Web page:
There are many things that one expects when going into a release headed up by Boris and Merzbow, two of the most heralded and famous experimental names making music coming out of Japan. “Difficult”, sure. “Noisy”, absolutely. But…mellow?
Klatter, the new-but-old release from the ever difficult to pin down Boris and the sometimes too easy to pin down Merzbow was recorded in 2004, slated for release (but ultimately cancelled) in 2007, and is just now seeing the light of day in 2011. Two of the five tracks are re-recordings of songs that appeared on Boris’ 2003 album Akuma No Uta. One track is a song called “Jane”, which is a cover of a song by a German band called Jane. One track is a short atmospheric intro. And one track is the original work that gives this brief LP its name.
The point of this clinical run through Klatter is that there is no defining characteristic to the album, nor is there even any contemporary relevance to it. It is merely music by a band and artist that enjoy working with each other, enough so that they’ve done it five times before.
Still, it quickly becomes clear as one listens through Klatter just why exactly somebody thought Klatter needed to be heard, especially on the heels of the Merzbow-after-dark stylings of Merzbient. While Klatter contains little aside from the noodly “Intro” that could possibly be called ambient, it is also a long way from being an assault.
Much of the reason for this is Merzbow’s placement in the mix. The majority of Klatter puts the Merzbow half of this collaboration right in the back of the mix, background noise for the alternately droning and thrashing sounds coming from Boris. “Akuma No Uta”, a slightly scaled back version of the same track from Boris’s album of the same name, is certainly a little bit noisy, with the distortion at a maximum and Atsuo’s drums pounding away as if he was trying to break them. All the while, Merzbow’s signature static is floating over the top, sometimes changing itself up enough to stand out, but most of the time blending in with the guitars riffing away underneath. Nobody sullys the mix with vocals of any sort, and it’s actually cohesive enough to get someone who doesn’t mind a little chaos to tap their foot a little bit, but it seems a bit restrained for a collaboration between these players.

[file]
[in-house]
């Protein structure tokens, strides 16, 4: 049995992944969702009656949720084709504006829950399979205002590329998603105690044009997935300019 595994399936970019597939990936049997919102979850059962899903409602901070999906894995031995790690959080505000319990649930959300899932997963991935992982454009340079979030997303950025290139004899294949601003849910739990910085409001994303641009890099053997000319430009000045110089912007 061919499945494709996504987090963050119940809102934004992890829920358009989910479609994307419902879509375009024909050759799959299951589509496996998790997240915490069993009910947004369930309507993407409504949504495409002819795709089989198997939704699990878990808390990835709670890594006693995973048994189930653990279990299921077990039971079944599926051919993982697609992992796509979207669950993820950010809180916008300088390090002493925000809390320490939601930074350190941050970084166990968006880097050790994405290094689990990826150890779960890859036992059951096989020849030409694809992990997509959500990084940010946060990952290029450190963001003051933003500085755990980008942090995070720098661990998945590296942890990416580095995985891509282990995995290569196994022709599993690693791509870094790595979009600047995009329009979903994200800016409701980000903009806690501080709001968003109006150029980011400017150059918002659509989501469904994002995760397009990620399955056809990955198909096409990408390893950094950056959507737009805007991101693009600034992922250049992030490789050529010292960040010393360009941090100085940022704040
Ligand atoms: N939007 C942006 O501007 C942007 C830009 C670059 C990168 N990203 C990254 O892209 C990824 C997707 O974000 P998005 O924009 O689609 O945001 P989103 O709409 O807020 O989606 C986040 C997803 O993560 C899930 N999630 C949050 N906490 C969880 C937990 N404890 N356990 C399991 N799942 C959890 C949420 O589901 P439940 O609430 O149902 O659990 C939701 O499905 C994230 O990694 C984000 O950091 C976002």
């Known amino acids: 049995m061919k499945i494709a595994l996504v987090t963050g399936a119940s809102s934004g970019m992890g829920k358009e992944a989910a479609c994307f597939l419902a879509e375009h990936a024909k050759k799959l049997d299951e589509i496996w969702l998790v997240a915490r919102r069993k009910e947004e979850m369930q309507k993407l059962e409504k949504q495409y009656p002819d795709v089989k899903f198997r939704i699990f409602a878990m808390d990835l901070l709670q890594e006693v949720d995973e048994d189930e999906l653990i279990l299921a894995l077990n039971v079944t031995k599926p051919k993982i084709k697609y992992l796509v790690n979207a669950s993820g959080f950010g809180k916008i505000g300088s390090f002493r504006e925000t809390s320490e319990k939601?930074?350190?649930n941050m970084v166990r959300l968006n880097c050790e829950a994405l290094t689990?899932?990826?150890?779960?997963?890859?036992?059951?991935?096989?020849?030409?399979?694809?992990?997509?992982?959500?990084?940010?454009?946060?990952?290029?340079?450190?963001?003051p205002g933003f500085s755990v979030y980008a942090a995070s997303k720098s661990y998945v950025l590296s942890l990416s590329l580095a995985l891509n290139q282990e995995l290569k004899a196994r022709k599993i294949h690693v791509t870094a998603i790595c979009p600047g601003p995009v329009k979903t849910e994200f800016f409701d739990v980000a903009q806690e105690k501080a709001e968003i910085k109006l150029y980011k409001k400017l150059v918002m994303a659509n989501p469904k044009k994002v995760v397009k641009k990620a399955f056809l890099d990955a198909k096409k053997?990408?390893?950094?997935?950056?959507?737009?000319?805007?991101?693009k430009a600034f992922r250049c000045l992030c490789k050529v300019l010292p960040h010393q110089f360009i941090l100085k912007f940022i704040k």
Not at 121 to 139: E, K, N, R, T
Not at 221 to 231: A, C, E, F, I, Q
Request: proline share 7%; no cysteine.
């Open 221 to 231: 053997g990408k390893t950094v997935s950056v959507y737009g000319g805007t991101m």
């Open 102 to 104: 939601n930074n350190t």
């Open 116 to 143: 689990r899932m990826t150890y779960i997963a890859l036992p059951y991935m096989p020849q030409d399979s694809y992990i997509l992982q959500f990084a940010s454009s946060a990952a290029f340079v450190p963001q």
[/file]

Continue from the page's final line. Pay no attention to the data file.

It never really gets any louder than “Akuma No Uta”, though, and for the rest of the disc, we hear a largely bass-driven groove in “Jane” (which eventually punks out into a surprisingly tame rock ‘n roll song), the drone-with-a-quick-beat repetition of the all-too-short “Klatter 1”, and the ever-changing “Naki Kyoku”, which sounds vaguely grunge for much of its length, as if aping the build of a Soundgarden jam session. All the while, Merzbow adds texture, but very little in the way of ear-piercing noise.
One wouldn’t expect an artist so often associated with pummelling his listeners with noise to take a backseat in any collaboration, but that’s Masami Akita’s role here. He is tasked with adding texture to the music, with enhancing the melodies, riffs, and beats rather than drowning them out. He does an incredibly competent job at doing just that, and despite the fact that Klatter comes off as a fairly low-key album for fans of either Boris or Merzbow, it is also a surprisingly rich one.
It would be folly to expect that Merzbow would make such restraint a recurring theme in his music, just as much as it would be folly to think that Boris is mellowing out as its members age. Still, their combined jaunt into the more widely palatable side of music turns out to be an interesting, engaging release.